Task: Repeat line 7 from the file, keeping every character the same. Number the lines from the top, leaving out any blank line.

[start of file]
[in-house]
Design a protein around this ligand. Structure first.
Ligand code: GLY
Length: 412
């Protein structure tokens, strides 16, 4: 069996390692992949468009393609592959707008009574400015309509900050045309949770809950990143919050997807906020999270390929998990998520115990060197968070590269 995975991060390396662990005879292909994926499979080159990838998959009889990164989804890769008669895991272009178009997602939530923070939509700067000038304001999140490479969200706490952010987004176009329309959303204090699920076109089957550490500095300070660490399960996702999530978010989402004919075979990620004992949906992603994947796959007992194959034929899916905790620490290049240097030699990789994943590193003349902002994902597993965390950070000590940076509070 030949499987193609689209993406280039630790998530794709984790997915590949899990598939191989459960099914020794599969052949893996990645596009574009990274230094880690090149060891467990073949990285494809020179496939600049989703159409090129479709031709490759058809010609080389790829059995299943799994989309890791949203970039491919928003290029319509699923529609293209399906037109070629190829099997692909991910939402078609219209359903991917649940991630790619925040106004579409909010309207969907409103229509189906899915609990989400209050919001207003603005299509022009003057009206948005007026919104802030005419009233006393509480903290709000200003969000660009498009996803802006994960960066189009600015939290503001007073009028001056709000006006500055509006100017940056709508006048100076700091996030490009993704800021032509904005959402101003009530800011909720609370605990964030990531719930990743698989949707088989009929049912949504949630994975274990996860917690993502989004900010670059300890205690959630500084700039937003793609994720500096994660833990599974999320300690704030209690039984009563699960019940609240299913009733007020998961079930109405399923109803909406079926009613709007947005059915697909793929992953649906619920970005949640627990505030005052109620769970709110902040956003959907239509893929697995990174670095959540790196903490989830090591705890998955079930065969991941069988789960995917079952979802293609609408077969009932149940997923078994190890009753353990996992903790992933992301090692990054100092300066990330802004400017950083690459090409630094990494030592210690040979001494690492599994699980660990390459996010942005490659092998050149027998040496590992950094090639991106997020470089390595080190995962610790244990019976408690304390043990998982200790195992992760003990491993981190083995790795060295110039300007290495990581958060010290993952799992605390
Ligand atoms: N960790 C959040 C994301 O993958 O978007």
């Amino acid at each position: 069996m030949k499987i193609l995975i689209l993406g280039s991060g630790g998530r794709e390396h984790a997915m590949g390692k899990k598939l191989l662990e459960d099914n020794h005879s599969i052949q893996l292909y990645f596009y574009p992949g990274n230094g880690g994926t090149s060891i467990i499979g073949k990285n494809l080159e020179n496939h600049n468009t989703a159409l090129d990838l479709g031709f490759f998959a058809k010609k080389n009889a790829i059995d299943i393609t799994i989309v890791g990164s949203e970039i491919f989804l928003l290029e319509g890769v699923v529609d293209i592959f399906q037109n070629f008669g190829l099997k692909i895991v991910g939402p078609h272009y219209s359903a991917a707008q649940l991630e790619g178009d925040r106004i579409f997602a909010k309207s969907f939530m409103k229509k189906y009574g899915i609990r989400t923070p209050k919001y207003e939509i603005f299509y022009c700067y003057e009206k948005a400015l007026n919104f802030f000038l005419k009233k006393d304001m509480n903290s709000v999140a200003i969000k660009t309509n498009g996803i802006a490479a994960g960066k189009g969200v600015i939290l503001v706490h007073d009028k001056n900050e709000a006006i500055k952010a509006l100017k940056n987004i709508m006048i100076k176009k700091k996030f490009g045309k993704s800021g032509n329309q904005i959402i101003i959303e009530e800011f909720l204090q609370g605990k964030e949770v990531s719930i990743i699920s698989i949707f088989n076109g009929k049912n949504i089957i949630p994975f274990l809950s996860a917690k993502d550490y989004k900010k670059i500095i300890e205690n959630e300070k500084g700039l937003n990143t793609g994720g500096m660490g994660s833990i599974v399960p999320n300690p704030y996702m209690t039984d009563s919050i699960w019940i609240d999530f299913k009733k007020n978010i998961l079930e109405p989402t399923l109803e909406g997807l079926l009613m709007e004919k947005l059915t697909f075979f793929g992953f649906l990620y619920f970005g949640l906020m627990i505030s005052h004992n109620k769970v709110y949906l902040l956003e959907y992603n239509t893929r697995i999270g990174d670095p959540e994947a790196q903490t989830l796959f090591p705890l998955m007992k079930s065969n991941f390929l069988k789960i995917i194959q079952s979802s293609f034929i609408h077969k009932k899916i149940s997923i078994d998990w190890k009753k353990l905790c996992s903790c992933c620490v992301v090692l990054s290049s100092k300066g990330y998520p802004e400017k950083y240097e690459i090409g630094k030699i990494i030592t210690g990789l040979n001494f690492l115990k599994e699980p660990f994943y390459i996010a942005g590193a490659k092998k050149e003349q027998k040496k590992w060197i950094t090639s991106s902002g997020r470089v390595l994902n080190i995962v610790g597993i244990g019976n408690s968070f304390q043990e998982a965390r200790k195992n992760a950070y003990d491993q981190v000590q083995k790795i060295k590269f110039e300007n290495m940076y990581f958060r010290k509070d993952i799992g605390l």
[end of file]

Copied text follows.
């Amino acid at each position: 069996m030949k499987i193609l995975i689209l993406g280039s991060g630790g998530r794709e390396h984790a997915m590949g390692k899990k598939l191989l662990e459960d099914n020794h005879s599969i052949q893996l292909y990645f596009y574009p992949g990274n230094g880690g994926t090149s060891i467990i499979g073949k990285n494809l080159e020179n496939h600049n468009t989703a159409l090129d990838l479709g031709f490759f998959a058809k010609k080389n009889a790829i059995d299943i393609t799994i989309v890791g990164s949203e970039i491919f989804l928003l290029e319509g890769v699923v529609d293209i592959f399906q037109n070629f008669g190829l099997k692909i895991v991910g939402p078609h272009y219209s359903a991917a707008q649940l991630e790619g178009d925040r106004i579409f997602a909010k309207s969907f939530m409103k229509k189906y009574g899915i609990r989400t923070p209050k919001y207003e939509i603005f299509y022009c700067y003057e009206k948005a400015l007026n919104f802030f000038l005419k009233k006393d304001m509480n903290s709000v999140a200003i969000k660009t309509n498009g996803i802006a490479a994960g960066k189009g969200v600015i939290l503001v706490h007073d009028k001056n900050e709000a006006i500055k952010a509006l100017k940056n987004i709508m006048i100076k176009k700091k996030f490009g045309k993704s800021g032509n329309q904005i959402i101003i959303e009530e800011f909720l204090q609370g605990k964030e949770v990531s719930i990743i699920s698989i949707f088989n076109g009929k049912n949504i089957i949630p994975f274990l809950s996860a917690k993502d550490y989004k900010k670059i500095i300890e205690n959630e300070k500084g700039l937003n990143t793609g994720g500096m660490g994660s833990i599974v399960p999320n300690p704030y996702m209690t039984d009563s919050i699960w019940i609240d999530f299913k009733k007020n978010i998961l079930e109405p989402t399923l109803e909406g997807l079926l009613m709007e004919k947005l059915t697909f075979f793929g992953f649906l990620y619920f970005g949640l906020m627990i505030s005052h004992n109620k769970v709110y949906l902040l956003e959907y992603n239509t893929r697995i999270g990174d670095p959540e994947a790196q903490t989830l796959f090591p705890l998955m007992k079930s065969n991941f390929l069988k789960i995917i194959q079952s979802s293609f034929i609408h077969k009932k899916i149940s997923i078994d998990w190890k009753k353990l905790c996992s903790c992933c620490v992301v090692l990054s290049s100092k300066g990330y998520p802004e400017k950083y240097e690459i090409g630094k030699i990494i030592t210690g990789l040979n001494f690492l115990k599994e699980p660990f994943y390459i996010a942005g590193a490659k092998k050149e003349q027998k040496k590992w060197i950094t090639s991106s902002g997020r470089v390595l994902n080190i995962v610790g597993i244990g019976n408690s968070f304390q043990e998982a965390r200790k195992n992760a950070y003990d491993q981190v000590q083995k790795i060295k590269f110039e300007n290495m940076y990581f958060r010290k509070d993952i799992g605390l």